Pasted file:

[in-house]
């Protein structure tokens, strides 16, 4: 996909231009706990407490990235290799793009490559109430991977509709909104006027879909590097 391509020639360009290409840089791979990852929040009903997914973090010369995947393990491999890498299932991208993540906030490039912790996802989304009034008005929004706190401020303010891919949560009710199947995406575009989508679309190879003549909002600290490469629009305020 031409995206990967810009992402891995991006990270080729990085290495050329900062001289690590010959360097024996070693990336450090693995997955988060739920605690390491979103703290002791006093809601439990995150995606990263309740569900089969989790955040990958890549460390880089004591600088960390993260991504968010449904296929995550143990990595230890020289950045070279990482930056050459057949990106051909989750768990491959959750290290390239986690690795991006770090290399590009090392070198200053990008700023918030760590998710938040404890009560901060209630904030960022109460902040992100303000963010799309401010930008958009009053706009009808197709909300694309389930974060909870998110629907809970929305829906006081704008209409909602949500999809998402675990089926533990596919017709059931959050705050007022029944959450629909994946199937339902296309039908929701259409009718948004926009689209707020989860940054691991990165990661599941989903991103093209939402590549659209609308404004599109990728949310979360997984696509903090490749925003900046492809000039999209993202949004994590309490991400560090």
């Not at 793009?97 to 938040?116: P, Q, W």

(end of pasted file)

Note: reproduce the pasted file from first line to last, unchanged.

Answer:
[in-house]
């Protein structure tokens, strides 16, 4: 996909231009706990407490990235290799793009490559109430991977509709909104006027879909590097 391509020639360009290409840089791979990852929040009903997914973090010369995947393990491999890498299932991208993540906030490039912790996802989304009034008005929004706190401020303010891919949560009710199947995406575009989508679309190879003549909002600290490469629009305020 031409995206990967810009992402891995991006990270080729990085290495050329900062001289690590010959360097024996070693990336450090693995997955988060739920605690390491979103703290002791006093809601439990995150995606990263309740569900089969989790955040990958890549460390880089004591600088960390993260991504968010449904296929995550143990990595230890020289950045070279990482930056050459057949990106051909989750768990491959959750290290390239986690690795991006770090290399590009090392070198200053990008700023918030760590998710938040404890009560901060209630904030960022109460902040992100303000963010799309401010930008958009009053706009009808197709909300694309389930974060909870998110629907809970929305829906006081704008209409909602949500999809998402675990089926533990596919017709059931959050705050007022029944959450629909994946199937339902296309039908929701259409009718948004926009689209707020989860940054691991990165990661599941989903991103093209939402590549659209609308404004599109990728949310979360997984696509903090490749925003900046492809000039999209993202949004994590309490991400560090």
């Not at 793009?97 to 938040?116: P, Q, W």